Final EPA rule doubles Navistar’s Nonconformance Penalties

Christopher Goodfellow - 5 September 2012

The U.S. Environmental Protection Agency (EPA) has released a Final Rule setting the penalty Navistar must pay for non-EPA 2010 compliant engines at $3,775, almost double the level in the Interim Rule.

In a statement Troy Clarke, Navistar's recently appointed President and Chief Operating Officer, said: "We are pleased that the EPA has issued the Final Rule for Nonconformance Penalties (NCPs) for on-highway heavy-duty diesel engines. We can now provide our dealers and customers with clarity and certainty as we transition to our clean engine technology and look forward to utilizing the Final Rule as needed."

The Final Rule establishes the level of NCPs a manufacturer must pay for an engine which does not meet the 2010 NOx emissions limits for heavy-duty vehicles. At present, Navistar is the only manufacture to seek certification for an engine family using NCPs.

"Under the final penalty regulations, a nonconforming manufacturer with engines at the upper NOx limit of 0.50 g/bhp-hr would pay a penalty of $3,775 for each model year 2012 engine it produces. Manufacturers would pay a lesser penalty if the NOx emissions of the engine are lower. For example, the penalty for a 2012 engine with NOx emissions at 0.30 g/bhp-hr would be $1,259," said the EPA, adding that the increase on the proposed penalty was due to information received during the comment period.

At this point, the EPA has not taken a final action in regards to medium-duty engines.

Daniel Ustian, Navistar's former President and Chief Operating Officer, announced his retirement with immediate effect last Monday.

You may also be interested in

OEMs comment on downsizing of Diesel Exhaust Fluid (DEF) tanks and EPA regulation of refill intervals

Niels Tholen - 25 November 2014

Downsizing of Diesel Exhaust Fluid (DEF) tanks and the Environmental Protection Agency (EPA)'s regulation of DEF refill intervals for passenger cars was discussed at the 7th Integer Emissions Summit USA 2014, held in Chicago, IL. Mike Shovel, Thermal Management - Technical Specialist SCR at Navistar, discussed that the post-2017 greenhouse...

Navistar begins shipments of its first vocational vehicles with Selective Catalytic Reduction (SCR) engines

Ben Treadwell - 17 July 2014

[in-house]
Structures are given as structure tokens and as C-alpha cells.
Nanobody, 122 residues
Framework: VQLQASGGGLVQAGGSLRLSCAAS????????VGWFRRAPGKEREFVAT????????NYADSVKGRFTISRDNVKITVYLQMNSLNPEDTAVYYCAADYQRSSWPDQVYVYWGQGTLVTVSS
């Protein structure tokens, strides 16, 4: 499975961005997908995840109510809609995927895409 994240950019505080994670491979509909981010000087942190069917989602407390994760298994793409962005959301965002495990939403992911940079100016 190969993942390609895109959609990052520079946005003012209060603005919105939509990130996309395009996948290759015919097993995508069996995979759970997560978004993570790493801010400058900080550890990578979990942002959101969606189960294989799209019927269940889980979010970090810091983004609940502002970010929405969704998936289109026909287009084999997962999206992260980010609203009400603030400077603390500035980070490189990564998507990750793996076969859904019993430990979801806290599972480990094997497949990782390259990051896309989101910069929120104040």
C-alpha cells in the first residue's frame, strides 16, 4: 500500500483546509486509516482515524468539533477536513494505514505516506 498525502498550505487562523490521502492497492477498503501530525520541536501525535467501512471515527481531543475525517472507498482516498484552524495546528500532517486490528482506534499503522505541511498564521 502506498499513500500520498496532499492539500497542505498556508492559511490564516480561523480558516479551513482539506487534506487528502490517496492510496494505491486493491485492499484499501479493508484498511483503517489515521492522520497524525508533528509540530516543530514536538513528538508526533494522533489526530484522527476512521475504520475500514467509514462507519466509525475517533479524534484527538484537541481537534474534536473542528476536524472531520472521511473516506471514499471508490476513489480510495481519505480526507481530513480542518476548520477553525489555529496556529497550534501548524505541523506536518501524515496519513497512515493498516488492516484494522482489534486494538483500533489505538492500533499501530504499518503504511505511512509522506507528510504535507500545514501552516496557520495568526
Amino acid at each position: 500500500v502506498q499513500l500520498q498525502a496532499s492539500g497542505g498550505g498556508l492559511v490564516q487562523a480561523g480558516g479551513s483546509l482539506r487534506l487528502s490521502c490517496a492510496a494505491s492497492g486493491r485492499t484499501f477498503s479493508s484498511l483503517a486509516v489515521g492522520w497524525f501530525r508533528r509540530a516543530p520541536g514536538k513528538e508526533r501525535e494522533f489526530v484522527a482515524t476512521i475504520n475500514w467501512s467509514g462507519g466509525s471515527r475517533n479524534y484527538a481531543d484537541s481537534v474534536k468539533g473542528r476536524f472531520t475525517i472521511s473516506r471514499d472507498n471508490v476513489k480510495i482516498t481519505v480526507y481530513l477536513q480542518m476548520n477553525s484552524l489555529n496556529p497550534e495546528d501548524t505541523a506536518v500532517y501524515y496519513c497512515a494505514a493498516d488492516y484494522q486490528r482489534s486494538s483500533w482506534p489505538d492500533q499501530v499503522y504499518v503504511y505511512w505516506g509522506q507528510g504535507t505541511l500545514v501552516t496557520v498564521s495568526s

Navistar Inc. has announced that it has shipped the first of its Durastar and International Workstar vehicles using 9L and 10L engines with Selective Catalytic Reduction (SCR) technology. The engines will be used in a variety of vocational vehicles including garbage packing and utility trucks, dump trucks and sewer pumpers. Navistar said...

Navistar completes heavy-duty product transition to Selective Catalytic Reduction (SCR)

Niels Tholen - 13 November 2013

With the launch of the International LoneStar on-highway truck, Navistar has now completed the conversion of its entire model range to using Selective Catalytic Reduction (SCR) technology. The LoneStar is equipped with a Cummins ISX15 engine and SCR technology and was the last of Navistar's heavy-duty truck models to be converted since...

Navistar and Cummins reach 10,000 orders milestone for International Trucks range

Niels Tholen - 23 August 2013

Navistar and Cummins have reached the milestone of 10,000 orders for trucks from the International Trucks range with Selective Catalytic Reduction (SCR) technology. The range includes Cummins ISX15 engines and SCR technology instead of Exhaust Gas Recirculation (EGR) after Navistar launched its transition to SCR-based technology with the...

Navistar launches new heavy-duty TranStar model with Selective Catalytic Reduction (SCR)

Niels Tholen - 19 August 2013

Navistar has announced the launch its new heavy-duty International TranStar truck model. The truck is designed for regional hauling activity and comes equipped with a MAxxForce 13 engine as well as Selective Catalytic Reduction (SCR) technology. It is the company's fifth heavy-duty truck model to adopt SCR technology since December...

How much did Navistar’s competitors think should be paid for non-EPA 2010 compliant engines?

Christopher Goodfellow - 5 September 2012

The U.S. Environmental Protection Agency (EPA) has published its responses to manufacturers' comments on Nonconformance Penalties (NCPs) for heavy-duty diesel engines which do not meet 2010 emissions standards. Highlights from the EPA's Response to Comments document, published in August, are included below: PACCAR commented that in...